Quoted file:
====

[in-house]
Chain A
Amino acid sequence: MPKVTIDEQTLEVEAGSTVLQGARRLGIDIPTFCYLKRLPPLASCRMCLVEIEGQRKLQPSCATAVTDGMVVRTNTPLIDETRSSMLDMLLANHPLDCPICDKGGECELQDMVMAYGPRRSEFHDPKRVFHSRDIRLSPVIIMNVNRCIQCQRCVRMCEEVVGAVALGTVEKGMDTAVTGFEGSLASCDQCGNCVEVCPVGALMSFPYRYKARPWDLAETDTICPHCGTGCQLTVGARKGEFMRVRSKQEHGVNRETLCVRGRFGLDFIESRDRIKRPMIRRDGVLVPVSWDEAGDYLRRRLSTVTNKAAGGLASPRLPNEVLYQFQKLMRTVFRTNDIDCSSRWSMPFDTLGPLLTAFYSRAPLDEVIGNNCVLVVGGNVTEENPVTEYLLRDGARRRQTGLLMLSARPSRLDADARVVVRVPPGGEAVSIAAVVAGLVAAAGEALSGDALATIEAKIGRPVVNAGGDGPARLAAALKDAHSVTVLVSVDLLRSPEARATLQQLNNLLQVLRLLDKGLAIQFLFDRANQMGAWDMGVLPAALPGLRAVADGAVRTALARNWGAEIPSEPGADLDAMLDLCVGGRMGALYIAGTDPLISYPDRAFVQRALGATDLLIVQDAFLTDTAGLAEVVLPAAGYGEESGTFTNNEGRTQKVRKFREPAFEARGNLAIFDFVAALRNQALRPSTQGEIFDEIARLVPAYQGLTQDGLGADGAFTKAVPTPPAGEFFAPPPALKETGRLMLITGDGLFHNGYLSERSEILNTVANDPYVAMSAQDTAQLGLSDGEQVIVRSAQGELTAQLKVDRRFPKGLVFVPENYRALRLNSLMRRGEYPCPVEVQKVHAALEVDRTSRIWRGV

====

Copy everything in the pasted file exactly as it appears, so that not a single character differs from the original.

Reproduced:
[in-house]
Chain A
Amino acid sequence: MPKVTIDEQTLEVEAGSTVLQGARRLGIDIPTFCYLKRLPPLASCRMCLVEIEGQRKLQPSCATAVTDGMVVRTNTPLIDETRSSMLDMLLANHPLDCPICDKGGECELQDMVMAYGPRRSEFHDPKRVFHSRDIRLSPVIIMNVNRCIQCQRCVRMCEEVVGAVALGTVEKGMDTAVTGFEGSLASCDQCGNCVEVCPVGALMSFPYRYKARPWDLAETDTICPHCGTGCQLTVGARKGEFMRVRSKQEHGVNRETLCVRGRFGLDFIESRDRIKRPMIRRDGVLVPVSWDEAGDYLRRRLSTVTNKAAGGLASPRLPNEVLYQFQKLMRTVFRTNDIDCSSRWSMPFDTLGPLLTAFYSRAPLDEVIGNNCVLVVGGNVTEENPVTEYLLRDGARRRQTGLLMLSARPSRLDADARVVVRVPPGGEAVSIAAVVAGLVAAAGEALSGDALATIEAKIGRPVVNAGGDGPARLAAALKDAHSVTVLVSVDLLRSPEARATLQQLNNLLQVLRLLDKGLAIQFLFDRANQMGAWDMGVLPAALPGLRAVADGAVRTALARNWGAEIPSEPGADLDAMLDLCVGGRMGALYIAGTDPLISYPDRAFVQRALGATDLLIVQDAFLTDTAGLAEVVLPAAGYGEESGTFTNNEGRTQKVRKFREPAFEARGNLAIFDFVAALRNQALRPSTQGEIFDEIARLVPAYQGLTQDGLGADGAFTKAVPTPPAGEFFAPPPALKETGRLMLITGDGLFHNGYLSERSEILNTVANDPYVAMSAQDTAQLGLSDGEQVIVRSAQGELTAQLKVDRRFPKGLVFVPENYRALRLNSLMRRGEYPCPVEVQKVHAALEVDRTSRIWRGV